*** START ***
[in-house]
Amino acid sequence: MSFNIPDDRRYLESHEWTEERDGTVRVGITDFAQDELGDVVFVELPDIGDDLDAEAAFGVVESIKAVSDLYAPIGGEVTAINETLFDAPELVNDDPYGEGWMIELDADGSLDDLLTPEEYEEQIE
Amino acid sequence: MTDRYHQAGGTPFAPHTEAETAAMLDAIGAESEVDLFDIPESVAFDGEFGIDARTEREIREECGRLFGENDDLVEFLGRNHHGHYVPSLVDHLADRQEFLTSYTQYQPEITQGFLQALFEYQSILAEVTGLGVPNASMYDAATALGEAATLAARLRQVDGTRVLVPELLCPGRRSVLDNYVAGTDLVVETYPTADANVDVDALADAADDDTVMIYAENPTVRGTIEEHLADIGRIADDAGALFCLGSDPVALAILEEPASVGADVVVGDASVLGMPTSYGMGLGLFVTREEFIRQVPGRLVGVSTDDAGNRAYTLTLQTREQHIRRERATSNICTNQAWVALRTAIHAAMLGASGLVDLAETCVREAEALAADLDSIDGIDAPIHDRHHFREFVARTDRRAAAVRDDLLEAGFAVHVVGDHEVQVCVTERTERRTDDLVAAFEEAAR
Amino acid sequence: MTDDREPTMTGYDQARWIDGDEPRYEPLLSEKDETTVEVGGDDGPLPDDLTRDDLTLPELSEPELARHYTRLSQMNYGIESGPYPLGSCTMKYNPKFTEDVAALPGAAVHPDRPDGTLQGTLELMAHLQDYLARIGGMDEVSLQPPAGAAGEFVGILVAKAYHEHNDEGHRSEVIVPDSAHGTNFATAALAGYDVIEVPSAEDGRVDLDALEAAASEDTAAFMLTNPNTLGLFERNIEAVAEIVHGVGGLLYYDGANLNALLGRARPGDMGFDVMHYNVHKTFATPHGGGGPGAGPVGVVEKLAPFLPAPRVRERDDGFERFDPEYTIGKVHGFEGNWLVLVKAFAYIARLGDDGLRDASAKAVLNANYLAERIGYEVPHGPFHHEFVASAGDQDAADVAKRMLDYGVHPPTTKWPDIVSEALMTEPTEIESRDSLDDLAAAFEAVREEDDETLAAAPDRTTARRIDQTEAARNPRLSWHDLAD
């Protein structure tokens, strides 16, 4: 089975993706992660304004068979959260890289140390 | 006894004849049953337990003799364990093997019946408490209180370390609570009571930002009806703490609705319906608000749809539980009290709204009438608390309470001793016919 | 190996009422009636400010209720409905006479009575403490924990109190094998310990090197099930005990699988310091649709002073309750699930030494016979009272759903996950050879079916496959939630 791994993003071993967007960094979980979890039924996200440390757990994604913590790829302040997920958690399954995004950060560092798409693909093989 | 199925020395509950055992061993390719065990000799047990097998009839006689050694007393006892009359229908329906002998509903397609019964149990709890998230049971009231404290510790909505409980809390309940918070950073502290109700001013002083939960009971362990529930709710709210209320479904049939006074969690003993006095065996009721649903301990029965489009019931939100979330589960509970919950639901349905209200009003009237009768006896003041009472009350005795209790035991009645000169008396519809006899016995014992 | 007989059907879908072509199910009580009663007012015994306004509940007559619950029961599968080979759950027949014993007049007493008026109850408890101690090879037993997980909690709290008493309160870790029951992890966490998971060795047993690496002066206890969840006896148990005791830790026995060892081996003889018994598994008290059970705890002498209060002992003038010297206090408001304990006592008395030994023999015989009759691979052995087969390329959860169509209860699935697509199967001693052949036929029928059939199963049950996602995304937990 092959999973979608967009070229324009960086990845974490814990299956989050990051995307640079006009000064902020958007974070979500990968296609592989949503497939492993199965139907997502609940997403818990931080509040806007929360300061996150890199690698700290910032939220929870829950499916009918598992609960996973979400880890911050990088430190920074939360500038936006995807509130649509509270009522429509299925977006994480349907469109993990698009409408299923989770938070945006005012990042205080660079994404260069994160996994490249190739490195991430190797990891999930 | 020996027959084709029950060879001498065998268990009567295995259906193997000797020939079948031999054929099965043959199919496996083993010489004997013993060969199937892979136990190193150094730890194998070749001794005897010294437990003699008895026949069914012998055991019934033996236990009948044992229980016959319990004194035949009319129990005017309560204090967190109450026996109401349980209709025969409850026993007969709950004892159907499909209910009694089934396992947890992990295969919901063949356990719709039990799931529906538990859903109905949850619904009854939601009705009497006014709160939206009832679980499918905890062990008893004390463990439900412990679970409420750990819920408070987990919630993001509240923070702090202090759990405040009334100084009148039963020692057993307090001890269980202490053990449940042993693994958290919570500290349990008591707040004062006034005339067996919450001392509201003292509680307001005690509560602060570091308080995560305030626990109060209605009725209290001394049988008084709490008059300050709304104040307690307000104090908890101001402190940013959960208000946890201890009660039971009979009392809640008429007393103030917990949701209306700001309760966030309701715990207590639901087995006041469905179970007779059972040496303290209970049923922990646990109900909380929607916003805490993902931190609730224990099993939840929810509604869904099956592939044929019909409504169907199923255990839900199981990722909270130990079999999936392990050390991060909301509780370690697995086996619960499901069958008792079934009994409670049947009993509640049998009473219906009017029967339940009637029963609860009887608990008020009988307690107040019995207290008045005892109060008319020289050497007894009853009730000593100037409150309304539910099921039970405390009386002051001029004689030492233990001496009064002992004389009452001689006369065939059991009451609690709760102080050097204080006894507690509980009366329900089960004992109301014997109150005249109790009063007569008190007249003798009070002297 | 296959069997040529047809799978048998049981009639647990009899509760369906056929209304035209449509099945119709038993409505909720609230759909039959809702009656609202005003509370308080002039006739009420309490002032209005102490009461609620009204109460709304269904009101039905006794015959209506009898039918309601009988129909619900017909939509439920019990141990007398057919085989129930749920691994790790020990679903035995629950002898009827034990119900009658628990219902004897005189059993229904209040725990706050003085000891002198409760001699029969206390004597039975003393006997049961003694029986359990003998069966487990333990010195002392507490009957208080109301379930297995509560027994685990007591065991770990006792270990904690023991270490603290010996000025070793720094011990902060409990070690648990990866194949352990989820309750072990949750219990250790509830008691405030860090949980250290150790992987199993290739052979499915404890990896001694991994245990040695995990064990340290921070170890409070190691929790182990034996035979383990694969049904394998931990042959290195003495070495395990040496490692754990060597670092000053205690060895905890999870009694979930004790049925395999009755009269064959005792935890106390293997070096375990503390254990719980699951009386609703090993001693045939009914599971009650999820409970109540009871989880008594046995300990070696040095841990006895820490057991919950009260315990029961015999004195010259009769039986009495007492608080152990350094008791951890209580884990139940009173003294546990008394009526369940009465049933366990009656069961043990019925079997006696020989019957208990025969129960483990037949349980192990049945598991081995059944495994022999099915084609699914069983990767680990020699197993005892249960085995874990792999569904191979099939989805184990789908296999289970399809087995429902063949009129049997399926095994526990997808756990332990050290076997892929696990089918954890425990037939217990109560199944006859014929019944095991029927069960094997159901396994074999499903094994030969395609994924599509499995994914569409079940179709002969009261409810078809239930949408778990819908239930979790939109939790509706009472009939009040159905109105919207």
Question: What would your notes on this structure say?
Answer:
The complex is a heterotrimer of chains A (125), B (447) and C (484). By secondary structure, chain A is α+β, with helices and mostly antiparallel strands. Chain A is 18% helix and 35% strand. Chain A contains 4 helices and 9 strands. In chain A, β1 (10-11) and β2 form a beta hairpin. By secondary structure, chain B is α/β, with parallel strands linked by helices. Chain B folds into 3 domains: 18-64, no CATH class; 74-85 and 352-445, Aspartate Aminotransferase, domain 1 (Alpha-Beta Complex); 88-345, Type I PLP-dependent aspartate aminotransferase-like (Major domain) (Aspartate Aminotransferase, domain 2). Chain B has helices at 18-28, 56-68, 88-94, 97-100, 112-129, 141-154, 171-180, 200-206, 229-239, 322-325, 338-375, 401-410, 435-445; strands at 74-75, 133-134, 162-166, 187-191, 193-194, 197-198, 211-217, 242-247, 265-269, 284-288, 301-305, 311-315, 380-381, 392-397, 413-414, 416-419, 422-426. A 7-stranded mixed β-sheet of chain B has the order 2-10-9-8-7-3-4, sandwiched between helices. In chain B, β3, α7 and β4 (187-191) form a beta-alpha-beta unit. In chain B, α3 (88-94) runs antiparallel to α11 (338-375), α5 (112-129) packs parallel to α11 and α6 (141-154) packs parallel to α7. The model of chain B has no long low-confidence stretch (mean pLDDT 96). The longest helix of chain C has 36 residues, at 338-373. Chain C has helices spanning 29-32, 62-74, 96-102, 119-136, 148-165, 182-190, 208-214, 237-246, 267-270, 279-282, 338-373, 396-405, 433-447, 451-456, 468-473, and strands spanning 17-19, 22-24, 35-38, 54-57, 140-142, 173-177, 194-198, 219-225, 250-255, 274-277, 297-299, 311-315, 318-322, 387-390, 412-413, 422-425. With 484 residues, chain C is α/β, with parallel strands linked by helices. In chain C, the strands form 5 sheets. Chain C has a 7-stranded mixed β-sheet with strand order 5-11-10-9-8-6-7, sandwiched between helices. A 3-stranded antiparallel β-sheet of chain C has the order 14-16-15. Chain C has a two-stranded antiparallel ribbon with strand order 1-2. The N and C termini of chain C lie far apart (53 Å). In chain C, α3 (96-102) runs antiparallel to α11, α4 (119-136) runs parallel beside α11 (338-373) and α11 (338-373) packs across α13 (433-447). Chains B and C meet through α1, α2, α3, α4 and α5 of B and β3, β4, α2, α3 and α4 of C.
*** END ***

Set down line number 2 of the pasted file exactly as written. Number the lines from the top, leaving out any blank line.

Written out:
Amino acid sequence: MSFNIPDDRRYLESHEWTEERDGTVRVGITDFAQDELGDVVFVELPDIGDDLDAEAAFGVVESIKAVSDLYAPIGGEVTAINETLFDAPELVNDDPYGEGWMIELDADGSLDDLLTPEEYEEQIE